Explore Stockholm’s splendors more easily with the new Stockholm Pass ( and Stockholm Prepaid Card ( Also new: Free admission to 18 state-owned museums, including the National Museum and Moderna Museet.
In 2016, Skansen (, world’s oldest open-air museum, celebrates its 125th anniversary. Catch the Stockholm Culture Festival (, August 16-24, and Parkteatern (, offering free performances till September.
At Gröna Lund amusement park, “Mamma Mia! the Party” ( offers Mediterranean dinners and performances of ABBA songs. Also on Djurgården island, “Life of the Vikings” ( opens in April 2017, complete with a Viking-ship cruise.
Until August 28, Bonniers Konsthall ( mounts a retrospective of young artists’ works over the past 30 years. “Artists at the National Museum” (, until September 4, displays works by major artists, from Rembrandt to Cindy Sherman
Until September 11, the Moderna Museet’s ( “Yayoi Kusama in Infinity” celebrates Japan’s avant-garde artist. At Artipelag (, till September 25, is “The Legacy of Andy Warhol.” Millesgården ( examines architect-designer Josef Frank’s works till October 2.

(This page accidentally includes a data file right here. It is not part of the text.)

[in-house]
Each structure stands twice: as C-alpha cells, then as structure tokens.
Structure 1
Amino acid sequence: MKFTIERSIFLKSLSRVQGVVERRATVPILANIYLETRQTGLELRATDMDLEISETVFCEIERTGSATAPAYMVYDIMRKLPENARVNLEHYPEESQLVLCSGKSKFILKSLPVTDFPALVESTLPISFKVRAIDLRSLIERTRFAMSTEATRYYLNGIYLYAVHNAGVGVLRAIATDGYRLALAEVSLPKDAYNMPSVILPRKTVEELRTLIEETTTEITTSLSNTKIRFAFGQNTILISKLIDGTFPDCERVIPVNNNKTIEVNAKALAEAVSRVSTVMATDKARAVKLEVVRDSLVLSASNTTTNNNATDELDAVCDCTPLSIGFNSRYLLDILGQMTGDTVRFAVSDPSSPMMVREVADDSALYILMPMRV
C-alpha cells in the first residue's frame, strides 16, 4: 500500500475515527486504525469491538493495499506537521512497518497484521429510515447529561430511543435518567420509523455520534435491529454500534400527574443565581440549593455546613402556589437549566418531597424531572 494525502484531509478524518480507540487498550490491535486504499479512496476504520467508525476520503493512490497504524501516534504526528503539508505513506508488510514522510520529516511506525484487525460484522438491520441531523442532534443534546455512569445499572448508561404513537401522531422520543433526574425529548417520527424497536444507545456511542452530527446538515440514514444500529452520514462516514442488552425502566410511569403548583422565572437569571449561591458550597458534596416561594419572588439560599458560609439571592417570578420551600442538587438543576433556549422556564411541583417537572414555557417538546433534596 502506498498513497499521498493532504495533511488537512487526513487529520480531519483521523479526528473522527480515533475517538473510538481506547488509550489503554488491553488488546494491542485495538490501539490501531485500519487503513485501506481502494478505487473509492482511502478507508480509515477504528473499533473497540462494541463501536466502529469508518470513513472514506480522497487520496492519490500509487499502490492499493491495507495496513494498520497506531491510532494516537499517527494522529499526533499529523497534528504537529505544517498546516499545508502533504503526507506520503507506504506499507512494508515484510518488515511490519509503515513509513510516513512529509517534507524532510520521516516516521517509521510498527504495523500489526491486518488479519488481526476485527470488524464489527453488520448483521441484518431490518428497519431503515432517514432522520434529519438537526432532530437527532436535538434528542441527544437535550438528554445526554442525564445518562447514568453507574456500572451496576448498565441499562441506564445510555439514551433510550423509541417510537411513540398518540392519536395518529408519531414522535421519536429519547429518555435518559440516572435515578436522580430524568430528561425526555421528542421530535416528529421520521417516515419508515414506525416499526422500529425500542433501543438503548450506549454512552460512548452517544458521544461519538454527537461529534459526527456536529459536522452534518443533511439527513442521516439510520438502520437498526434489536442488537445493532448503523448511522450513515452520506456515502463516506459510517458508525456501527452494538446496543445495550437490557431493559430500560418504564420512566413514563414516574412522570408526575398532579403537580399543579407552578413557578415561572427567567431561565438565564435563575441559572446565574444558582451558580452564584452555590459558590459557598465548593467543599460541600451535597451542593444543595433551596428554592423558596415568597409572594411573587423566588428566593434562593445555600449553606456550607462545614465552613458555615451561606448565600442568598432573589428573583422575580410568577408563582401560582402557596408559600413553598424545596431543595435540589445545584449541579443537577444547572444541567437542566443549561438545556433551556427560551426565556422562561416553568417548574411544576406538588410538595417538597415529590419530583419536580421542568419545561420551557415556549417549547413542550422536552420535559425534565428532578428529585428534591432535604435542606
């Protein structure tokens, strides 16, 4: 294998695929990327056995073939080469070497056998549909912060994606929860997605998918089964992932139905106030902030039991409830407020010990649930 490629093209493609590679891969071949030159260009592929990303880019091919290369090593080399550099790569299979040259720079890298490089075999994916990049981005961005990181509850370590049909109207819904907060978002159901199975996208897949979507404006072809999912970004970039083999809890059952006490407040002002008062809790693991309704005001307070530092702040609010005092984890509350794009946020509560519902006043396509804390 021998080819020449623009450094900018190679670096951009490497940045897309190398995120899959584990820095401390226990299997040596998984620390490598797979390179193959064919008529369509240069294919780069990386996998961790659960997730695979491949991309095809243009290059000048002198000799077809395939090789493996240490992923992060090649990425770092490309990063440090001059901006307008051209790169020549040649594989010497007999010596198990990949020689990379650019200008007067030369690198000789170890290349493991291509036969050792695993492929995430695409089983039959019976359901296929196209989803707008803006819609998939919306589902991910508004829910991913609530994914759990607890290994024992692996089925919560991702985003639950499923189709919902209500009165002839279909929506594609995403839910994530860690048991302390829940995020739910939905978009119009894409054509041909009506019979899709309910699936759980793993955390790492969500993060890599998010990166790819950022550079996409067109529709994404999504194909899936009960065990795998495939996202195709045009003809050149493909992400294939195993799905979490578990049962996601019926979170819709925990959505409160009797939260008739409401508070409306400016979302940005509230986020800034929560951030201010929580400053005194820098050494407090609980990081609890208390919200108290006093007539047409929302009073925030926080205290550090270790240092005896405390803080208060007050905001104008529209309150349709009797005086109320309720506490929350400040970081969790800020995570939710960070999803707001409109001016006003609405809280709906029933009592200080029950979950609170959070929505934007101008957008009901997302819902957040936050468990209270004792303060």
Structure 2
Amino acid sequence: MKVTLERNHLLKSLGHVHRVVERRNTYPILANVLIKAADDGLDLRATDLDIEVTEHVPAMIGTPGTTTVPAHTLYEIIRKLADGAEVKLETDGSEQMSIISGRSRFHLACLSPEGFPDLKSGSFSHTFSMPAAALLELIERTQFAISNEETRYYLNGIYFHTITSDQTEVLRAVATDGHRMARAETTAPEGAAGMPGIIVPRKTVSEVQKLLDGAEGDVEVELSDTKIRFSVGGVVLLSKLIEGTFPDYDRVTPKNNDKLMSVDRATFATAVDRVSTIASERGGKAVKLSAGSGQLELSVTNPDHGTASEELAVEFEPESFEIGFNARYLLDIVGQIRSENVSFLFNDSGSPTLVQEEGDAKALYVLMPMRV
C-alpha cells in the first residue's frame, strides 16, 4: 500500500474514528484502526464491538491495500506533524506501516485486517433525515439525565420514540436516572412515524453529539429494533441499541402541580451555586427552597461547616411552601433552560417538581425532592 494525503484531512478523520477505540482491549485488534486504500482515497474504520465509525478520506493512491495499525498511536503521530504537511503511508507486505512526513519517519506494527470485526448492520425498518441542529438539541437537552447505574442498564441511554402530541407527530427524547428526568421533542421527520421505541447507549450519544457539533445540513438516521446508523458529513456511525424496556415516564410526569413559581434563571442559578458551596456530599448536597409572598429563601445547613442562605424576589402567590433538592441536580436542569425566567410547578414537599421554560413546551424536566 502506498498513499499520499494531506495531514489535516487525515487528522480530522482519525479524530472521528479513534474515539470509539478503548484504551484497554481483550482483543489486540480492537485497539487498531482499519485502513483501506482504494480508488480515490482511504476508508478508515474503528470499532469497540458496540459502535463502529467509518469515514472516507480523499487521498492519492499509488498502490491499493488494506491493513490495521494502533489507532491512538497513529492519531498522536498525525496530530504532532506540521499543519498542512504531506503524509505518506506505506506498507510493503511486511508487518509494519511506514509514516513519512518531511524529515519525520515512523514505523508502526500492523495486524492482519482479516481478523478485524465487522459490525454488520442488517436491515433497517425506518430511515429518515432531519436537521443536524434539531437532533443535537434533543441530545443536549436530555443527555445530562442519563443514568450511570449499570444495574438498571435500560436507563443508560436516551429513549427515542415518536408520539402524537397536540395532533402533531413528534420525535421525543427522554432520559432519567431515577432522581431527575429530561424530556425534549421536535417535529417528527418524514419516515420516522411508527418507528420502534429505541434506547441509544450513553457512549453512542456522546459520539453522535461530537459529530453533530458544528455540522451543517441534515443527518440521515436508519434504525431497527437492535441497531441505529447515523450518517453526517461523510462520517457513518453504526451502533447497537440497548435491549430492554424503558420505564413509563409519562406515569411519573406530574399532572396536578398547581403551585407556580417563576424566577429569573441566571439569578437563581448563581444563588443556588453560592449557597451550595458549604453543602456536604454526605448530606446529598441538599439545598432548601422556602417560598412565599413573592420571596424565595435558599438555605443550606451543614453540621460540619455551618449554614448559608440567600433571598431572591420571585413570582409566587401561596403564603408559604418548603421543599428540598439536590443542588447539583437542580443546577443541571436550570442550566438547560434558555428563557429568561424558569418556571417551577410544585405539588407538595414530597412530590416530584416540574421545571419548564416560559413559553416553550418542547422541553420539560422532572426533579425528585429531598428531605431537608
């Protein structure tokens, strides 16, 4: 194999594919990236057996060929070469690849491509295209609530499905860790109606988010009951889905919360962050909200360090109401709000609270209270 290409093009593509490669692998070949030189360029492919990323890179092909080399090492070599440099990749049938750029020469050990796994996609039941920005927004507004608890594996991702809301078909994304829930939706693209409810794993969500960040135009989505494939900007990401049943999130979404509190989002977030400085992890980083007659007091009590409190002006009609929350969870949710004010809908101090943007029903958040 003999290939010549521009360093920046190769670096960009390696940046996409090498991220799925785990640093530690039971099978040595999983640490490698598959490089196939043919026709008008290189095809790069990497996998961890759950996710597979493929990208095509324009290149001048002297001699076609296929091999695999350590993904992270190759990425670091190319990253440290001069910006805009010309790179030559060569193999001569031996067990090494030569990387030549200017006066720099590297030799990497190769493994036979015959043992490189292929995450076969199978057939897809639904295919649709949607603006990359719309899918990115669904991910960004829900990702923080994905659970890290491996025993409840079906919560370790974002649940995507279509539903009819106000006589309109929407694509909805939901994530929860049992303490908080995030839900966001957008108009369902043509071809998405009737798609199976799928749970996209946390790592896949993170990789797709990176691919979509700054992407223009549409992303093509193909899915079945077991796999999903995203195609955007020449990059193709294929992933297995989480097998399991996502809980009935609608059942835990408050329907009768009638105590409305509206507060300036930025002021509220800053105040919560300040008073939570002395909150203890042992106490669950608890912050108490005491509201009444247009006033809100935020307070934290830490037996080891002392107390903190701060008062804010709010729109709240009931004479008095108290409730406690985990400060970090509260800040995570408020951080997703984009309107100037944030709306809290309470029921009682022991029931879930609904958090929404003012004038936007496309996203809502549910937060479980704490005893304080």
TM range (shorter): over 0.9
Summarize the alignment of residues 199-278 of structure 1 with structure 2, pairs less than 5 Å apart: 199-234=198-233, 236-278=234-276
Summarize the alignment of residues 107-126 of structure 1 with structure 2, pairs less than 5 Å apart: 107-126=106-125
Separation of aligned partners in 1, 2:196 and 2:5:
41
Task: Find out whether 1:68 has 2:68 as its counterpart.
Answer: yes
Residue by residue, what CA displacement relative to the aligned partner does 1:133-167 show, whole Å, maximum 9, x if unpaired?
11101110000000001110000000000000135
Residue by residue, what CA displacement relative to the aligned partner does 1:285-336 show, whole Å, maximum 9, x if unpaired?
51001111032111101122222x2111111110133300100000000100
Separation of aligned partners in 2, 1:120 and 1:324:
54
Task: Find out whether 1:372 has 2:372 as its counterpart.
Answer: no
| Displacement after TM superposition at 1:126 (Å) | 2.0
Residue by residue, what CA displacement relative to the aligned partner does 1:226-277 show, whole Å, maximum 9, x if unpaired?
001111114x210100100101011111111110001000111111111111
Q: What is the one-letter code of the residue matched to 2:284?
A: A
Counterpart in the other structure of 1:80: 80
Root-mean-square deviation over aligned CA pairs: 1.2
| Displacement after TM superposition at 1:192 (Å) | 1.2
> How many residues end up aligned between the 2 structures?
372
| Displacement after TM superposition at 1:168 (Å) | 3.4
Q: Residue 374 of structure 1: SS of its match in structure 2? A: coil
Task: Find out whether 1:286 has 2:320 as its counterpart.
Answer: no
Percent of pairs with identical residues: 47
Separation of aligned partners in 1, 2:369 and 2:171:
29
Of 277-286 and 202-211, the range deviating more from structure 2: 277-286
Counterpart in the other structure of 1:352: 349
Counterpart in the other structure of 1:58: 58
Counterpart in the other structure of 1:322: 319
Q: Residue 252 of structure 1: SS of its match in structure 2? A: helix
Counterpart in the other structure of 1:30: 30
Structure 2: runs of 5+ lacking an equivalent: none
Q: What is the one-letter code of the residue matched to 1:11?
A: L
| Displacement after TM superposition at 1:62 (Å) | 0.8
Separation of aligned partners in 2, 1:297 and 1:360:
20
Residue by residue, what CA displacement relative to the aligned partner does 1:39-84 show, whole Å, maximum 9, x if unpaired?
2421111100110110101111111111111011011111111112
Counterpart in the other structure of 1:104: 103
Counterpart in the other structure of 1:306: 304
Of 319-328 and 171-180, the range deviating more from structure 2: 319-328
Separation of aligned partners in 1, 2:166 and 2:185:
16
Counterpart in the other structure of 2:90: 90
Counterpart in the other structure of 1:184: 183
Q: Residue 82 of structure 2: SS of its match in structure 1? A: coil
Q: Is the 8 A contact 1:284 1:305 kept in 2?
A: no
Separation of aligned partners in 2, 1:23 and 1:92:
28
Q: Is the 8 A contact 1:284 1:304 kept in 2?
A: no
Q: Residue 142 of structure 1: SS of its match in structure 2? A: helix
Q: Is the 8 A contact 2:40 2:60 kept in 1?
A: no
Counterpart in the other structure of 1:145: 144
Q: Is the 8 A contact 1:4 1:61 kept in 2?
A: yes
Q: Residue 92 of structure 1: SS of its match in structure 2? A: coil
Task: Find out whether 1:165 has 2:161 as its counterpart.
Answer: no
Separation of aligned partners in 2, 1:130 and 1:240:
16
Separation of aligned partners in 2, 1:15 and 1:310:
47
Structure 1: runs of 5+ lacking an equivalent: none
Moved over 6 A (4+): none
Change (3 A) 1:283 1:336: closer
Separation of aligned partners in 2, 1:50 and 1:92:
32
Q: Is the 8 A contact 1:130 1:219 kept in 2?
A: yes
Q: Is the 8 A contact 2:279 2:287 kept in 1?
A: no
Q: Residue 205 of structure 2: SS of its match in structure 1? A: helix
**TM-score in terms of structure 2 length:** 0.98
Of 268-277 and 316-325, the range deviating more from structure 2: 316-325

New restaurants open almost daily. At Omakase Köttslöjd (, 15 diners enjoy 15-20 dishes. Meals at 500-seat Mother ( honor Mother Earth’s plants, animals and people. Renovated Hermans ( offers vegan and vegetarian fare, and Agrikultur ( uses only the freshest ingredients.
In August, award-wining chef Klas Lindberg opens Portal ( In December, Food Village ( launches with a market, bakery, café and restaurant.
At Stockholm’s venerable Grand Hôtel (, Burmanska Palace renovations include the Princess Lilian Suite, with two terraces and a spa. New Haymarket by Scandic ( features a brasserie, wellness café and cocktail bar in the historic PUB building, while renovated Scandic Continental offers panoramic roof-terrace views. In January, The Winery Hotel ( opened with its own urban winery.